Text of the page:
A paper pregnancy comes with a lot more red tape than a biological pregnancy. Nobody walked into your house after your first pregnancy announcement, tested your fridge temperature, checked for outlet covers, and ensured any alcohol was padlocked in a cabinet. Yet, in exchange, adoption may not necessarily induce heat flashes, swollen ankles, or cravings (Although I can definitely attest to some major late night snacking as I filled out grant paperwork and searched for missing I-800 documents).
Nevertheless, there are so many beautiful ways to love a child and introduce them into a family. If you feel inclined to join the wonderful, and sometimes chaotic, world of adoption, welcome! You are stepping into a new culture and lifestyle, with a large facet of it being financial readiness.
Somewhere in or before the process, you inevitably run into the big question: how much does it cost to adopt a child? Many prospective adoptive families stop short with this question, presuming they are unqualified and ill-equipped for such an undertaking. If you are here and wondering how people ever come up with the money for lawyers, travel, visas, and every other seemingly obscure charge, then hopefully, this article provides clear answers and resources for any possible questions.
Adoption has many different areas of focus which makes the inquiry itself incredibly hard to address and reference any sort of reliable material. When my family embarked on our international adoption journey, one of the foremost questions we received was, “How much does it cost to adopt a child?” Between adoption loans, grants, church support, fundraisers, and everything in between, we were still confused as to just how much financial commitment we were up against. Breaking down how much it costs to adopt a child is no small task, but if you are concerned as to whether you have the funds for adoption it’s definitely a necessary project.
In condensed terminology, adoption costs everything: papercuts, court dates, anxiety, substantial risks, vulnerability, and heartache. Adopting a child through any process is signing a “Do Not Resuscitate” on your prior expectations. It’s full of change, redemption, wholeness, and incomprehensible joy. Your comfortable, clean, normal way of life will never be the same, and I am so excited for you (as sadistic as it may seem).
Adoption cost me the bliss of unawareness. It changed the convenience and comfort I had taken for granted. I cannot possibly fathom a more beautiful reality, no matter how unpredictable adoption costs and paths may be. Yet, as far as financials go, it’s a little easier to quantify.
Dividing adoption into its many subsections helps break down the discussion of expenses into a format far easier to understand. Adoption varies greatly depending on several factors, including state regulations, adoption agencies, and country policies. Travel costs, international fees, health care, stipends, and agency costs, all vary greatly. Although a comprehensive list may not be possible, each subsection will tackle the big cost factors in adoption by each common category.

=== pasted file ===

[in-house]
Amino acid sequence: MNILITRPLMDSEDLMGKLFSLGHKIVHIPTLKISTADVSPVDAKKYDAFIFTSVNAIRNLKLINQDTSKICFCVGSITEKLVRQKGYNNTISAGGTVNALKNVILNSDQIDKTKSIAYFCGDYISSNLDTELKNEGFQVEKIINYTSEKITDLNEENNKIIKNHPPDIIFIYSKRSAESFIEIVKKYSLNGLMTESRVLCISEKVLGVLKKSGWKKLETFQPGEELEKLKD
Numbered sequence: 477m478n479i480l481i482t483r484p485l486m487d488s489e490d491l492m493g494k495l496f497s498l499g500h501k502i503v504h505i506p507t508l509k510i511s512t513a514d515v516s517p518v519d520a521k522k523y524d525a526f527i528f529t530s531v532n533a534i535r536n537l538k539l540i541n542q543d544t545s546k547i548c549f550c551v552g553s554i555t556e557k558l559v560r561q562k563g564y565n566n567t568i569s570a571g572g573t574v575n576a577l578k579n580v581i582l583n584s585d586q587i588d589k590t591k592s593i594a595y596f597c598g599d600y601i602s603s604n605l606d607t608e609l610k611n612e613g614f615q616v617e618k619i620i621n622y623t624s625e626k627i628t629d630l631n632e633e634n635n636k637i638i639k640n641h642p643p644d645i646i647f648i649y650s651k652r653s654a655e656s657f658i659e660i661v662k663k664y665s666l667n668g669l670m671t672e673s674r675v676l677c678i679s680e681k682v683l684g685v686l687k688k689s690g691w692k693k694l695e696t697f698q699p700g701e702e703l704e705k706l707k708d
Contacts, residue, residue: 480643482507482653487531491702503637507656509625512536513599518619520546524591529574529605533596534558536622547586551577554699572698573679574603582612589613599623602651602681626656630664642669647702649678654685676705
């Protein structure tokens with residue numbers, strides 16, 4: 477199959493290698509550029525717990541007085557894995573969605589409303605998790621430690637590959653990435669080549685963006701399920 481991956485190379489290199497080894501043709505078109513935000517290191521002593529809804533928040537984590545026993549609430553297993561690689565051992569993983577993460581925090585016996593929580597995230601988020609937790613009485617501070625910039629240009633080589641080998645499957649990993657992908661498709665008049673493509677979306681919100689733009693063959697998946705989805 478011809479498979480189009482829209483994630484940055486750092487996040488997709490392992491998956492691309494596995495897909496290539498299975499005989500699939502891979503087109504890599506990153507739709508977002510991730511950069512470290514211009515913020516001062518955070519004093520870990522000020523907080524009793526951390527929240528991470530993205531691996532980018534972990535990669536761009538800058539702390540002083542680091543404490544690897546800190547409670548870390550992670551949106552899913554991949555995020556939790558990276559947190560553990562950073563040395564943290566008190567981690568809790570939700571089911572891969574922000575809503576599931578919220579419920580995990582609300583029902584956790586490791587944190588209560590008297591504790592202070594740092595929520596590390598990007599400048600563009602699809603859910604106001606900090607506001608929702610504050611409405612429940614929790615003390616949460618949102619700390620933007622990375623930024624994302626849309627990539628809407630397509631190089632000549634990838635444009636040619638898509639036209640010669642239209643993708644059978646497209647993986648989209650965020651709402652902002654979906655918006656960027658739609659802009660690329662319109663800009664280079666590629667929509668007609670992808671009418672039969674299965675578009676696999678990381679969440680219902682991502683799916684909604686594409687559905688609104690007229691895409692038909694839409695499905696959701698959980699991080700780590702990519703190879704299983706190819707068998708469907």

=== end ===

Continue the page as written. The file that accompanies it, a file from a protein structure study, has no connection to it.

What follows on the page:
This is probably the most commonly discussed and referenced way to adopt a child. Cost of adoption all depends on what country you’re adopting from and how many children you choose to adopt. If your family brings a sibling group into your home, there are a few additional fees associated. However, contrary to popular belief, the situation is not nearly as expensive as adopting on two separate occasions. Within international adoption, the government and several legal teams are involved. There’s an adoption agency within your home country and partners in your future child’s native land.
According to the Child Welfare Agency, an international adoption can cost anywhere from $20,000 to $50,000 depending on the child’s needs, country, along with the necessary services for their care and transition. Wading through an international adoption process requires endurance and patience. Every adoption is unique. If your heart is set on a country that allows for your age range and lifestyle to adopt, then cost may not truly be the biggest issue.
Grants and adoption loans are not commonly advertised, yet they do exist for passionate families waiting to bring a child home. Don’t allow the bottom-line to dismiss your passion. A more expensive adoption does not guarantee a shorter time frame and some cost-efficient options offer less reliability and accountability. There really isn’t a clear-cut bottom line because each agency is different. The cost to adopt a child from Colombia or Uganda must factor in or additionally budget for travel costs. Additionally, I will acknowledge, no matter the plan, there is no expected route through adoption and sometimes the answer is simple: we have no idea. It’s an unpredictable adventure but a beautiful one at that.
Domestic Adoption generally refers to an infant adoption within your native home country. Now, there are several types of domestic adoption and options. Whether you meet an expectant mother or adopt your child with no prior knowledge, everything factors into expenses. Cost, timeline, and other factors are all determined through your adoption agency or attorney’s protocol. If you are matched with an expectant mother, your agency contract may involve caring for her needs. It also depends on where the child is born, the hotel or travel costs for your family, and legal fees. All of which are fairly consistent. Additionally, agency fees will generally cover a home study and post-adoptive services. Depending on the agency and adoption terms, you may be asked for other fees and stipends.
Overall, despite all the questions surrounding domestic adoption, it is a fairly straightforward process! Domestic adoption allows for the greatest amount of contact between families, as questions are often brought to the table and negotiated through a lawyer. Other situations generally operate through a government agency or international mediator. All things considered, the cost of domestic adoption ranges anywhere from $15,000-$45,000 depending on if the adoption is private through an agency or independent with an adoption attorney.